A very good morning. My wife and I are indeed very honoured to be here today to launch the fourth Littoral Mission Vessel (LMV), Justice.
This is a very special year for the Republic of Singapore Navy (RSN). The RSN turns 50 in May, and it has come a long way since its humble beginnings. Starting out as a small force with two wooden vessels, the RSN today has undergone a remarkable transformation into a full-spectrum and highly capable naval force, with the LMV as her latest addition.
What we have achieved today would not have been possible without the hard work, dedication and sacrifice of our pioneers. They have laid the strong foundations for the RSN of today. I am delighted to see our Navy pioneers here with us today. Amongst them are MAJ(Ret) Wong Loke Kiang, the first Commanding Officer of the Patrol Craft RSS Justice; and we also have LTC(Ret) Ong Eng Kok, the first Commanding Officer of the Patrol Vessel RSS Justice. I would like to thank you for your service and contributions to Singapore and the RSN.
Strong Foundations Built Over First 50 Years
Justice is a value that is inseparably tied to our nationhood and our shared values as Singaporeans. Our founding fathers took care to enshrine justice in the Proclamation of Singapore as the foundation of our democratic nation. The name Justice is also closely connected with the RSN's formative years. RSS Justice was one of the six new Patrol Craft (PC) delivered to the RSN in the 1970s. These ships formed the backbone of our fledging Navy: modern for their time, equipped with large-calibre naval guns, electronic consoles and capable of speeds faster than 30 knots. In many ways, these PCs represented the Navy's growing ambition as a professional force. Through gruelling training and patrols, our PC crews picked up the seafaring expertise needed to safeguard Singapore's maritime borders from seaborne threats and protect the vital shipping routes upon which Singapore's economy depends. Operation Thunderstorm was a defining operational experience for our Navy, as our PC crew were called upon to manage the mammoth task of providing the "boat people" with food and fuel, as well as repairing their vessels before sending them on their way. The ships and crews of our young Navy were stretched and challenged, but our Navy pioneers prevailed with their professionalism, dedication and resilience.
In the 1990s, our Navy replaced its PCs with the 55m Patrol Vessels. These Patrol Vessels were the first warships that were designed and constructed indigenously by our local defence industry, led by ST Engineering. Once again, Justice served on the frontline alongside with -other PVs to keep Singapore's waters and sea lanes safe.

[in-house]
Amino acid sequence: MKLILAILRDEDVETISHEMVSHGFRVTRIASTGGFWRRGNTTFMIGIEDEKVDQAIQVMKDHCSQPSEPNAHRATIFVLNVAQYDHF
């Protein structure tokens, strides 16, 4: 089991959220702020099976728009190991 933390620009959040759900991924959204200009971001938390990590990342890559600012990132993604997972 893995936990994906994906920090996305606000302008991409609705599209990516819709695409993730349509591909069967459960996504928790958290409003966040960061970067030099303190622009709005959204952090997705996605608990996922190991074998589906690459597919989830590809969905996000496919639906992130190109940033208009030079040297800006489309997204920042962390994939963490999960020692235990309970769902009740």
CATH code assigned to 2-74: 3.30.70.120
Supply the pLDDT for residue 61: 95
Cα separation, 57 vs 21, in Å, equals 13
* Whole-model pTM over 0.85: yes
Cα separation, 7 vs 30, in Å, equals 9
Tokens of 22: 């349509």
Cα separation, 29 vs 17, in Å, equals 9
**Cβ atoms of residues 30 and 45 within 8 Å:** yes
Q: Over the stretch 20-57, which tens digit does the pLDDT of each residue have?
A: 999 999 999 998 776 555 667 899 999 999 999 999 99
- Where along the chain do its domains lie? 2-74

Ready To Embark On Next 50 Years
As the RSN celebrates its Golden Jubilee and proudly looks back at its achievements for the past 50 years, I know the RSN is also looking ahead to the next 50 years to ensure that she stays relevant and ready for the challenges ahead. Indeed, the maritime domain has become more complex and volatile, with transnational threats such as piracy, terrorism and trafficking. Tensions over contested regional waters have also come into sharp focus more recently. These, coupled with the fact that the Singapore Strait is a vital artery for commercial shipping and our economic livelihood, means that there is much more at stake.
The LMV is a good illustration of how the RSN is looking ahead. Working closely with Defence Science & Technology Agency (DSTA) and ST Engineering, the RSN has designed the LMV to conduct a wider range of operations in a more complex environment. It will give the RSN greater mission flexibility and sustainability. Our new LMVs can be equipped with different mission modules with the capabilities necessary to support a wide range of operations - from securing our maritime borders to Humanitarian Assistance and Disaster Relief (HADR) missions farther afield.
The RSN has also leveraged technology and adopted novel operating concepts to realise a lean manning for the LMVs, which require a crew of 23 sailors - no mean feat for an 80 metre-long warship. In many established navies, a warship of this size will have more than twice the number of personnel to operate. This reflects the calibre of the sailors that we need and have, but also allows the RSN to preempt manpower shortfalls due to low birth rates, which confront us in the near future.
Technological innovations can take us far, but, to go higher and distinguish ourselves, we rely on the crew of men and women to ensure that our LMVs punch above their weight. Over the RSN's 50 year history, our sailors have embodied the Navy Spirit - combining their professionalism with a can-do attitude, and supporting one another in a tightly knit Navy Family. So, I have every confidence that the pioneer crew of LMV Justice will dedicate themselves to their mission with passion, and continue the fine legacy of our pioneers.
To the Commanding Officer and crew of LMV Justice: our national pledge embodies our collective aim as Singaporeans to build a democratic society, based on justice and equality. As the pioneer crew of the LMV Justice, I entrust to you the honourable duty of living up to the name your ship bears, as you carry out your duties to ensure Singapore's seaward defence and maritime security.
It leaves me now to congratulate the RSN, DSTA and ST Engineering for today's milestone in our LMV journey. You have pushed the boundaries of innovation and delivered a new warship that is smarter, faster and sharper. To borrow a naval phrase - Bravo Zulu - Well Done! I wish you all fair winds and following seas. Thank you.